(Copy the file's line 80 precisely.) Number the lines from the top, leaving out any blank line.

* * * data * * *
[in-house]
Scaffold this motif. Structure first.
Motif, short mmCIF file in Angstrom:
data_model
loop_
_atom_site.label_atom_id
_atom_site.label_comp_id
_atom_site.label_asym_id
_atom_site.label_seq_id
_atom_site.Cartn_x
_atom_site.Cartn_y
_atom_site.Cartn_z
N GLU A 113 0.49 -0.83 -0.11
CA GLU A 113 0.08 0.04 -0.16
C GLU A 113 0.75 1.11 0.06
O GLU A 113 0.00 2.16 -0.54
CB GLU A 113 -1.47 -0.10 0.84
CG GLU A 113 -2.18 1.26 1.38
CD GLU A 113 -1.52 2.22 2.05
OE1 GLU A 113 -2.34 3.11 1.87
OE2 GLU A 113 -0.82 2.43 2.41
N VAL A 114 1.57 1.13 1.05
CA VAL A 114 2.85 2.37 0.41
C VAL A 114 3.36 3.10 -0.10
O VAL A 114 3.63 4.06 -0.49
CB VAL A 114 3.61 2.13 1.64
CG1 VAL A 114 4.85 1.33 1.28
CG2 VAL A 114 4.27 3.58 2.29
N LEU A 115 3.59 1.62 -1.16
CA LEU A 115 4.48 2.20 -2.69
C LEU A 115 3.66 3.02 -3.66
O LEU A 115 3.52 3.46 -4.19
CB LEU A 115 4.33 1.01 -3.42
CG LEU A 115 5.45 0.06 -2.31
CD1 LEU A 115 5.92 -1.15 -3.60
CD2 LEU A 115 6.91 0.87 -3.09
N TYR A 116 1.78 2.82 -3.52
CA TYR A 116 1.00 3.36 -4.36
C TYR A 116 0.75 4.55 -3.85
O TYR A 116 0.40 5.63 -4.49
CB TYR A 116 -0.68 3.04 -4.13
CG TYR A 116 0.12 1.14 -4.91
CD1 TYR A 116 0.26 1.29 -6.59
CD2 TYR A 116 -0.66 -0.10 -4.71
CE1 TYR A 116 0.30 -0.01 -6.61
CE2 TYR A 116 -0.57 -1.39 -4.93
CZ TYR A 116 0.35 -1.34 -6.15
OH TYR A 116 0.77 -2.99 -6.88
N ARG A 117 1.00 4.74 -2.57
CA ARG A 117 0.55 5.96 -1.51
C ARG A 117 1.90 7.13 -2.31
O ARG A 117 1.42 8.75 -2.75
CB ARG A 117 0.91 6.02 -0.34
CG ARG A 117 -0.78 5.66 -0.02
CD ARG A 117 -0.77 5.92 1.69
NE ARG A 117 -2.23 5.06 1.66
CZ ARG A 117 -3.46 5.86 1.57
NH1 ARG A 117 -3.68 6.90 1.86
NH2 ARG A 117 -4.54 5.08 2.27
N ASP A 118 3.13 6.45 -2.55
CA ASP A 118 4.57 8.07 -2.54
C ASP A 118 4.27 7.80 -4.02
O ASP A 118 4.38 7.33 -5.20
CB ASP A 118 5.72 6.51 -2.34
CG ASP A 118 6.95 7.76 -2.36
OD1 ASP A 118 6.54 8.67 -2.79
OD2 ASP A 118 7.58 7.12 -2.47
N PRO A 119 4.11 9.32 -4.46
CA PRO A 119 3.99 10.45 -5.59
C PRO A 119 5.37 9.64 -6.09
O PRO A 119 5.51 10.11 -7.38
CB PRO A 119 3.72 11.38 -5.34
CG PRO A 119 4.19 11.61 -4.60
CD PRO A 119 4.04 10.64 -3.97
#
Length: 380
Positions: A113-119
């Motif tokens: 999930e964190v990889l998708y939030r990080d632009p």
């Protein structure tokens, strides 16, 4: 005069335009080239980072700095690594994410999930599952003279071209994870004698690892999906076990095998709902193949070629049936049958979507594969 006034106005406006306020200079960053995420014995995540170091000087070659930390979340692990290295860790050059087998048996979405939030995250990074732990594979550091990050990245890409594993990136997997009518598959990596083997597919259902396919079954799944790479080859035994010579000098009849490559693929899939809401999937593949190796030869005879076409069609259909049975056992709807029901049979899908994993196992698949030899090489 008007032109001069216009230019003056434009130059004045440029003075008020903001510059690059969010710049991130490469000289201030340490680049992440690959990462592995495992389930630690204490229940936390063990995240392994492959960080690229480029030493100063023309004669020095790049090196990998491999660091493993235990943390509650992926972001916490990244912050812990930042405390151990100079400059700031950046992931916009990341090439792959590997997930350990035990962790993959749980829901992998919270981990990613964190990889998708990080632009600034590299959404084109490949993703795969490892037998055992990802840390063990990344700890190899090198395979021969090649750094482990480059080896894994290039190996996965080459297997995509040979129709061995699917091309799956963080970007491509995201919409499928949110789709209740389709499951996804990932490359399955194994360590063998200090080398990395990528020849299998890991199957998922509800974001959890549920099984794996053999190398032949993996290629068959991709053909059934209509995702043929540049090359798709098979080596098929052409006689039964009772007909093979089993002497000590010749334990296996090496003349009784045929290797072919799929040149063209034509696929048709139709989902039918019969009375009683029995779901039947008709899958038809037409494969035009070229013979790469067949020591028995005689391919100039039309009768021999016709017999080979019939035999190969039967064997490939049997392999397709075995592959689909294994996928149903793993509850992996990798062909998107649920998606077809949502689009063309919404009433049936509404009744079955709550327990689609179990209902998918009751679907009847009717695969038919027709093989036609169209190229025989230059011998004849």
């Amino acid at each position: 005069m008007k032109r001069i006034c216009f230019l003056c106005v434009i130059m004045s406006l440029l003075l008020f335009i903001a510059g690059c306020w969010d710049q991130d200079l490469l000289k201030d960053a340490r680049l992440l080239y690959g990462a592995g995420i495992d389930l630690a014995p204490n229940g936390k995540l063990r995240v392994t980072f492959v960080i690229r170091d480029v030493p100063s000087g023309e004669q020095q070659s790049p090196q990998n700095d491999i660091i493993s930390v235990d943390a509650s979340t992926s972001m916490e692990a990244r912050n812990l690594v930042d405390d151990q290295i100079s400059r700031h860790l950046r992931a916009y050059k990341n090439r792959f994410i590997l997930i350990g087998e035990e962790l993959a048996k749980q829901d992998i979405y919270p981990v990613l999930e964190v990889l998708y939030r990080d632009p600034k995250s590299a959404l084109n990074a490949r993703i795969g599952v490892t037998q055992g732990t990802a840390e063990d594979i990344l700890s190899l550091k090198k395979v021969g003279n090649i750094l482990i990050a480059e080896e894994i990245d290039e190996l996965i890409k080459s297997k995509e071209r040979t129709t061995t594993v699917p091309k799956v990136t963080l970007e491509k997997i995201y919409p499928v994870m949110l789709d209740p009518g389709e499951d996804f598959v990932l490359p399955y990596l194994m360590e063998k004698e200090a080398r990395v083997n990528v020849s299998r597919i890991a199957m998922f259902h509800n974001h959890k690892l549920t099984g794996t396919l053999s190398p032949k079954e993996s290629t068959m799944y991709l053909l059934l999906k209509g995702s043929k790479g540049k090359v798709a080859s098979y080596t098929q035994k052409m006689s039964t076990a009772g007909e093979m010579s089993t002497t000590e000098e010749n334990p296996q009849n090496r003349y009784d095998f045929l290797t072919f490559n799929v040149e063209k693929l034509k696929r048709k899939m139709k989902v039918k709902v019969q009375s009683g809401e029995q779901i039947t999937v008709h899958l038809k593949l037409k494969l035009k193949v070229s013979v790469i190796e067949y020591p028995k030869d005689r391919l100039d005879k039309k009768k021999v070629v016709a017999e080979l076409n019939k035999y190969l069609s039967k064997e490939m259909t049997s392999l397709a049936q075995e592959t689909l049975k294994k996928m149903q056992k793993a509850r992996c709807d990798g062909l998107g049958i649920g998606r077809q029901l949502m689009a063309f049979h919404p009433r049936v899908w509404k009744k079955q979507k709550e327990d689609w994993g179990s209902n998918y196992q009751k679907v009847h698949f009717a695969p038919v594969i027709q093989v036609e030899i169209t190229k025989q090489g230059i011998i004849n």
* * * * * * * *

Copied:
């Amino acid at each position: 005069m008007k032109r001069i006034c216009f230019l003056c106005v434009i130059m004045s406006l440029l003075l008020f335009i903001a510059g690059c306020w969010d710049q991130d200079l490469l000289k201030d960053a340490r680049l992440l080239y690959g990462a592995g995420i495992d389930l630690a014995p204490n229940g936390k995540l063990r995240v392994t980072f492959v960080i690229r170091d480029v030493p100063s000087g023309e004669q020095q070659s790049p090196q990998n700095d491999i660091i493993s930390v235990d943390a509650s979340t992926s972001m916490e692990a990244r912050n812990l690594v930042d405390d151990q290295i100079s400059r700031h860790l950046r992931a916009y050059k990341n090439r792959f994410i590997l997930i350990g087998e035990e962790l993959a048996k749980q829901d992998i979405y919270p981990v990613l999930e964190v990889l998708y939030r990080d632009p600034k995250s590299a959404l084109n990074a490949r993703i795969g599952v490892t037998q055992g732990t990802a840390e063990d594979i990344l700890s190899l550091k090198k395979v021969g003279n090649i750094l482990i990050a480059e080896e894994i990245d290039e190996l996965i890409k080459s297997k995509e071209r040979t129709t061995t594993v699917p091309k799956v990136t963080l970007e491509k997997i995201y919409p499928v994870m949110l789709d209740p009518g389709e499951d996804f598959v990932l490359p399955y990596l194994m360590e063998k004698e200090a080398r990395v083997n990528v020849s299998r597919i890991a199957m998922f259902h509800n974001h959890k690892l549920t099984g794996t396919l053999s190398p032949k079954e993996s290629t068959m799944y991709l053909l059934l999906k209509g995702s043929k790479g540049k090359v798709a080859s098979y080596t098929q035994k052409m006689s039964t076990a009772g007909e093979m010579s089993t002497t000590e000098e010749n334990p296996q009849n090496r003349y009784d095998f045929l290797t072919f490559n799929v040149e063209k693929l034509k696929r048709k899939m139709k989902v039918k709902v019969q009375s009683g809401e029995q779901i039947t999937v008709h899958l038809k593949l037409k494969l035009k193949v070229s013979v790469i190796e067949y020591p028995k030869d005689r391919l100039d005879k039309k009768k021999v070629v016709a017999e080979l076409n019939k035999y190969l069609s039967k064997e490939m259909t049997s392999l397709a049936q075995e592959t689909l049975k294994k996928m149903q056992k793993a509850r992996c709807d990798g062909l998107g049958i649920g998606r077809q029901l949502m689009a063309f049979h919404p009433r049936v899908w509404k009744k079955q979507k709550e327990d689609w994993g179990s209902n998918y196992q009751k679907v009847h698949f009717a695969p038919v594969i027709q093989v036609e030899i169209t190229k025989q090489g230059i011998i004849n």